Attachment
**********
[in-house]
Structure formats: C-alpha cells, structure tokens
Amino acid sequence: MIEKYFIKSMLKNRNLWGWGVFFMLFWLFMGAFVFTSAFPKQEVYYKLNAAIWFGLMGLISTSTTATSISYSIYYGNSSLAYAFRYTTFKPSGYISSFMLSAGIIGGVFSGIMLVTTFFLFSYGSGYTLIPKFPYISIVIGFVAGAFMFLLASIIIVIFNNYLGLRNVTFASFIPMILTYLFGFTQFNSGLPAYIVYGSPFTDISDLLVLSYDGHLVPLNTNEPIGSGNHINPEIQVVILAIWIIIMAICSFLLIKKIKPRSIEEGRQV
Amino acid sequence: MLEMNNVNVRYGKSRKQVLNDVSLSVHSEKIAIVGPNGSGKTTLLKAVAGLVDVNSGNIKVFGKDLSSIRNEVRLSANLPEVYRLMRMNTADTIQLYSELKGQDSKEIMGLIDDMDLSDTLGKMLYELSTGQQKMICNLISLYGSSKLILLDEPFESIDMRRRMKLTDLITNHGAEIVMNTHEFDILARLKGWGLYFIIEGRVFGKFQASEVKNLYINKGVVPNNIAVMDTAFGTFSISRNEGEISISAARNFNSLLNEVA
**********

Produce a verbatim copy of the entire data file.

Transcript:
[in-house]
Structure formats: C-alpha cells, structure tokens
Amino acid sequence: MIEKYFIKSMLKNRNLWGWGVFFMLFWLFMGAFVFTSAFPKQEVYYKLNAAIWFGLMGLISTSTTATSISYSIYYGNSSLAYAFRYTTFKPSGYISSFMLSAGIIGGVFSGIMLVTTFFLFSYGSGYTLIPKFPYISIVIGFVAGAFMFLLASIIIVIFNNYLGLRNVTFASFIPMILTYLFGFTQFNSGLPAYIVYGSPFTDISDLLVLSYDGHLVPLNTNEPIGSGNHINPEIQVVILAIWIIIMAICSFLLIKKIKPRSIEEGRQV
Amino acid sequence: MLEMNNVNVRYGKSRKQVLNDVSLSVHSEKIAIVGPNGSGKTTLLKAVAGLVDVNSGNIKVFGKDLSSIRNEVRLSANLPEVYRLMRMNTADTIQLYSELKGQDSKEIMGLIDDMDLSDTLGKMLYELSTGQQKMICNLISLYGSSKLILLDEPFESIDMRRRMKLTDLITNHGAEIVMNTHEFDILARLKGWGLYFIIEGRVFGKFQASEVKNLYINKGVVPNNIAVMDTAFGTFSISRNEGEISISAARNFNSLLNEVA